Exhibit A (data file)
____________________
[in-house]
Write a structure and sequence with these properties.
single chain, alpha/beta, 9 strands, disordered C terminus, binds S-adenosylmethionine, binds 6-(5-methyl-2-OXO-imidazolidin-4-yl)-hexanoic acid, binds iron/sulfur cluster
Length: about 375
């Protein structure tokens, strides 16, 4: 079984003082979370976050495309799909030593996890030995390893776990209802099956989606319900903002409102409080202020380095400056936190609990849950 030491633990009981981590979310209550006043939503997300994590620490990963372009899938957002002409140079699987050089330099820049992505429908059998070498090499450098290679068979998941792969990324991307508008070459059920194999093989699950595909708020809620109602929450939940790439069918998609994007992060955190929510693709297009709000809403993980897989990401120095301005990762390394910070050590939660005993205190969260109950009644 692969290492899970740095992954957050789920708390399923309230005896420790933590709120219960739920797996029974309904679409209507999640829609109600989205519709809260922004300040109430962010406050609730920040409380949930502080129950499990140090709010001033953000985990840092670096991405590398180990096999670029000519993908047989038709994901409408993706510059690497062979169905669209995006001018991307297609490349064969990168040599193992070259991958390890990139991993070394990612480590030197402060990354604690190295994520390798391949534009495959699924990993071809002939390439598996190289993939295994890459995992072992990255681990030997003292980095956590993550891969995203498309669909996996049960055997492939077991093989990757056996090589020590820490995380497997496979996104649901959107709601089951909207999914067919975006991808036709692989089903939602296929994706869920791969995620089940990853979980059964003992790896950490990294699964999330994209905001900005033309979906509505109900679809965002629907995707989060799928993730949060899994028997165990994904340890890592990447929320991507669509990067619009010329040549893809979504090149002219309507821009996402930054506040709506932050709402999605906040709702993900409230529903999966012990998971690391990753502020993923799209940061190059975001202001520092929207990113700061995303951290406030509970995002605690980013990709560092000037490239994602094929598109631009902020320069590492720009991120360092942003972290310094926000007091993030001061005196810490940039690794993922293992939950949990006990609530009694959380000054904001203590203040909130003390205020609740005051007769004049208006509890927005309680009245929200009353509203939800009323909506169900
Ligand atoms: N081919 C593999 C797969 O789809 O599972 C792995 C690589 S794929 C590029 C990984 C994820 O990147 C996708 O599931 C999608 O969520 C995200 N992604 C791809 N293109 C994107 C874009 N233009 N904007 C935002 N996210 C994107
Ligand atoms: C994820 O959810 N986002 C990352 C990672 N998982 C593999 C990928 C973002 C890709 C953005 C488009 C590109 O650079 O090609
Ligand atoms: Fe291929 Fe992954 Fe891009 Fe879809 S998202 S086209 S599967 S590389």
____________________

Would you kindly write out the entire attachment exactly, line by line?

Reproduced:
[in-house]
Write a structure and sequence with these properties.
single chain, alpha/beta, 9 strands, disordered C terminus, binds S-adenosylmethionine, binds 6-(5-methyl-2-OXO-imidazolidin-4-yl)-hexanoic acid, binds iron/sulfur cluster
Length: about 375
């Protein structure tokens, strides 16, 4: 079984003082979370976050495309799909030593996890030995390893776990209802099956989606319900903002409102409080202020380095400056936190609990849950 030491633990009981981590979310209550006043939503997300994590620490990963372009899938957002002409140079699987050089330099820049992505429908059998070498090499450098290679068979998941792969990324991307508008070459059920194999093989699950595909708020809620109602929450939940790439069918998609994007992060955190929510693709297009709000809403993980897989990401120095301005990762390394910070050590939660005993205190969260109950009644 692969290492899970740095992954957050789920708390399923309230005896420790933590709120219960739920797996029974309904679409209507999640829609109600989205519709809260922004300040109430962010406050609730920040409380949930502080129950499990140090709010001033953000985990840092670096991405590398180990096999670029000519993908047989038709994901409408993706510059690497062979169905669209995006001018991307297609490349064969990168040599193992070259991958390890990139991993070394990612480590030197402060990354604690190295994520390798391949534009495959699924990993071809002939390439598996190289993939295994890459995992072992990255681990030997003292980095956590993550891969995203498309669909996996049960055997492939077991093989990757056996090589020590820490995380497997496979996104649901959107709601089951909207999914067919975006991808036709692989089903939602296929994706869920791969995620089940990853979980059964003992790896950490990294699964999330994209905001900005033309979906509505109900679809965002629907995707989060799928993730949060899994028997165990994904340890890592990447929320991507669509990067619009010329040549893809979504090149002219309507821009996402930054506040709506932050709402999605906040709702993900409230529903999966012990998971690391990753502020993923799209940061190059975001202001520092929207990113700061995303951290406030509970995002605690980013990709560092000037490239994602094929598109631009902020320069590492720009991120360092942003972290310094926000007091993030001061005196810490940039690794993922293992939950949990006990609530009694959380000054904001203590203040909130003390205020609740005051007769004049208006509890927005309680009245929200009353509203939800009323909506169900
Ligand atoms: N081919 C593999 C797969 O789809 O599972 C792995 C690589 S794929 C590029 C990984 C994820 O990147 C996708 O599931 C999608 O969520 C995200 N992604 C791809 N293109 C994107 C874009 N233009 N904007 C935002 N996210 C994107
Ligand atoms: C994820 O959810 N986002 C990352 C990672 N998982 C593999 C990928 C973002 C890709 C953005 C488009 C590109 O650079 O090609
Ligand atoms: Fe291929 Fe992954 Fe891009 Fe879809 S998202 S086209 S599967 S590389």